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Be Advised: New Text Scam uses Bogus Tracking Numbers

Ron Benvenisti. If you receive a text containing the following or similar message from an unknown number:

“Hello mate, your FEDEX package with tracking code GB-6412-GH83 is waiting for you to set delivery preferences: c4dmc.info/sKenKPOSiGX”

 DO NOT CLICK ON THE LINK

It will bring you to a malicious site.

There is a current spate of these bogus texts that appear to come from FedEx, UPS, USPS, DHL, etc., with fake tracking numbers.

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There are 31 Comments to "Be Advised: New Text Scam uses Bogus Tracking Numbers"

  • Lucky says:

    I got this text over Shabbos…. can anything be downloaded just by opening the text without clicking on the link?

  • N Horowitz says:

    What if I clicked on the link, but then immediately closed my browser without clicking on anything else? Can it have done any damage, and if so, what can I do about it?

  • y says:

    they sent me a text but how did they know my name?

  • None says:

    If anyone figures out who this is please post their name and I’ll burn their house down.

  • I got it says:

    I got it and knew I didn’t order anything but I could imagine not everyone keeps track if you order a lot and might click on it

  • Ron Benvenisti says:

    Don’t click and your fine. Closing your browser after you click will help if the site asks you to enter information. But if it lands you on a malicious site it can immediately install a virus to grab contacts, bank and card info even if they’re pics. Hijack your mic and camera. It could use your phone to surreptiously make calls, send texts, and/or lock your phone. Install ransomware. It can use up your data, hijack your storage and internet address to commit crimes that implicate you. Just don’t click it.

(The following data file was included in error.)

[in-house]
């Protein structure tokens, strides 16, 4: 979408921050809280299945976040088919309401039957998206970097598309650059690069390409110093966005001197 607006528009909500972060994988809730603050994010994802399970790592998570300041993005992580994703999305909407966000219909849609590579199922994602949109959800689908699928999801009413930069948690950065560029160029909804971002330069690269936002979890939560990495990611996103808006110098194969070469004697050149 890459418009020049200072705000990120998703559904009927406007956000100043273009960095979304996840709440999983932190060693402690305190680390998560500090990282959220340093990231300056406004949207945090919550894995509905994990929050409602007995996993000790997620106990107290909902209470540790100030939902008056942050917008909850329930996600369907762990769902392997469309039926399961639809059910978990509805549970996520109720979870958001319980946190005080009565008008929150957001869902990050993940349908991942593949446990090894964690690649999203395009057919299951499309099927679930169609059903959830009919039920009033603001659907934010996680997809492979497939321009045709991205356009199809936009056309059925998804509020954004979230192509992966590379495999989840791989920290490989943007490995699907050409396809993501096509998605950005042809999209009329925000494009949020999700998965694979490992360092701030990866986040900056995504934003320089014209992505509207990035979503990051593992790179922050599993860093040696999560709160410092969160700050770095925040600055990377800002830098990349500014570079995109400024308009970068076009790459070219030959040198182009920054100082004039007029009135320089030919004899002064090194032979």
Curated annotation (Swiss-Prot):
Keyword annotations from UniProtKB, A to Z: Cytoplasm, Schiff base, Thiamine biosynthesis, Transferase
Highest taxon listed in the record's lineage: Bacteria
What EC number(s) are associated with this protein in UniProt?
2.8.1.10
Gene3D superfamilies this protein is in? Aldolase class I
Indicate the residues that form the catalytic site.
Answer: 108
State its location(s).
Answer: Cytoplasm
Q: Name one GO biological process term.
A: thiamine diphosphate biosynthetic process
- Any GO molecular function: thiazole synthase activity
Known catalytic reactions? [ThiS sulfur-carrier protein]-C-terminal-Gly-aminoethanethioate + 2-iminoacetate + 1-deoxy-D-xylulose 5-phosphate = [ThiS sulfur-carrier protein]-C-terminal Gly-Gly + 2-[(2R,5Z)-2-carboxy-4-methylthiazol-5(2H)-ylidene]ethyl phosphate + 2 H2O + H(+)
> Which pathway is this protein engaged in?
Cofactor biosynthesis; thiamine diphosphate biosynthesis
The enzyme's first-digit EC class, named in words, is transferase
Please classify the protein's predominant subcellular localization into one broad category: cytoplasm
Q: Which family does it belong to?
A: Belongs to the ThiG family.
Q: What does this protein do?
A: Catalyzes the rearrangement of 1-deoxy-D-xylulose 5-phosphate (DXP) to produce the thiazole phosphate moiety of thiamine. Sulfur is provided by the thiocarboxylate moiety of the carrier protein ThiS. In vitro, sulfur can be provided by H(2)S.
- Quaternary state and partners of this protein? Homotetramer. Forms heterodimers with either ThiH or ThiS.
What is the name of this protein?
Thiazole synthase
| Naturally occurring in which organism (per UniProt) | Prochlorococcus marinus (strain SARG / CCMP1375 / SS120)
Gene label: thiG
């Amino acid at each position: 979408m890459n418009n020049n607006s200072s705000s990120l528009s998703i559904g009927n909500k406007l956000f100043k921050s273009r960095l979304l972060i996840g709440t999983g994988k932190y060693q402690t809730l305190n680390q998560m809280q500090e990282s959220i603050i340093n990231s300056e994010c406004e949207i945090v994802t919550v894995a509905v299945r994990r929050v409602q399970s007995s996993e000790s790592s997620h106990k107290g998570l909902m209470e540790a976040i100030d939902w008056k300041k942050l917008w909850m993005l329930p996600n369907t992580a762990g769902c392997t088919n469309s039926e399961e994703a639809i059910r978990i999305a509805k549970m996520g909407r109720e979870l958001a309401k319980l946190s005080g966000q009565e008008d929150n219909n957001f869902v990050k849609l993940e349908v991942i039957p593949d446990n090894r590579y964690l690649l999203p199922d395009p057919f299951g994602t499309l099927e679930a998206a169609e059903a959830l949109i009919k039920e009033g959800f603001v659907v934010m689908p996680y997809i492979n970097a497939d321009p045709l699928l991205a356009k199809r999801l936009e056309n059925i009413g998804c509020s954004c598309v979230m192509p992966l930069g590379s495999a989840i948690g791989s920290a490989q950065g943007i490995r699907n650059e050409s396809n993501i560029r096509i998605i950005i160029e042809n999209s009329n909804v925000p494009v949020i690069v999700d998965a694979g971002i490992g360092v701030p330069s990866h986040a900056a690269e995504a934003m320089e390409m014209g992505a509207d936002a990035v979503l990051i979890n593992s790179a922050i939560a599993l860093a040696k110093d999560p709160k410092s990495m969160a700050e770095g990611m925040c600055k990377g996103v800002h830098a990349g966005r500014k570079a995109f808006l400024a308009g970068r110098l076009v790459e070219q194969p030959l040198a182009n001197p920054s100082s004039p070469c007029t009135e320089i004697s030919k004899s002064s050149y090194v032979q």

• Itta says:

    I received a similar text from HDL Tracking.

  • Bsoch Ami says:

    Thank you Ron for publicizing this. The more people are aware of the scam the less likely they will fall for it.

  • Tony says:

    I got it and I forwarded it to my email and clicked the link on my computer from a chrome browser.
    It just flashed the screen and nothing happened.
    Do I need to be concerned??

  • Ben says:

    I clicked the link, it just opened up google.com for me…. a little nervous that it may have idk how to say this, opened a proxy, or something like that…nervous they have access to my credit card info.

    Any thoughts?

  • Rob says:

    I just got the same text . Here’s the phone # 760-9081654. It’s from Oceanside .

  • Lorenzo says:

    I just received the same text. Usually I can spot out a fake because all my NORMAL contacts are saved and i never answer or reply to unknown calls/texts.

  • Anonymous says:

    I clicked it and immediately closed the browser. Next morning, my card was charged $92 for some miracle cream. I had to close my card number.

  • James says:

    Hey folks… I too have received this message. Fortunately the perpetrators made a grave error by sending the mass text out to every cell number on my account. These were immediately blocked and deleted. I’ve just got a new one today from another number 1 digit off. A screenshot and traceable info has been provided to FedEx’s fraud Dept, as well as, local law enforcement.

    I’ve been counseled to spread the word to all I know.

    1) FedEx will never begin a tracking update message with “hey mate” in fact they don’t include the name of any package recipient.

    2) Do not follow this link!

    3) Take a screenshot of both the message and again after long pressing and selecting details. Forward these images to FedEx using their report fraud link on their website.
    4) Send a copy of the fraudulent text to your local law enforcement. Request they submit it to your state’s attorney general for follow-up investigation.

    Finally… As a general rule… Never open any link sent by someone you don’t know. When in doubt… Throw it out!

    Be safe.. “Think before you click!”

    • Nikkie says:

      My mom received the text and clicked on the link. It asked her to answer 3 questions and then they said her email address was missing. I told her not to provide this information because FedEx would already have this information. Since she clicked on the link and answered the 3 questions, does she need to restart her phone?

  • Sholom says:

    I just blocked and deleted them and reported them as Harassment and Threats

  • FYI says:

    I just received this as well of course this is not FED EX tracking number format so I was suspicious and found this site. I did not open the link and will be deleting of course. thank you for posting this.

  • ys says:

    i got 2 text of the same

  • Joleon says: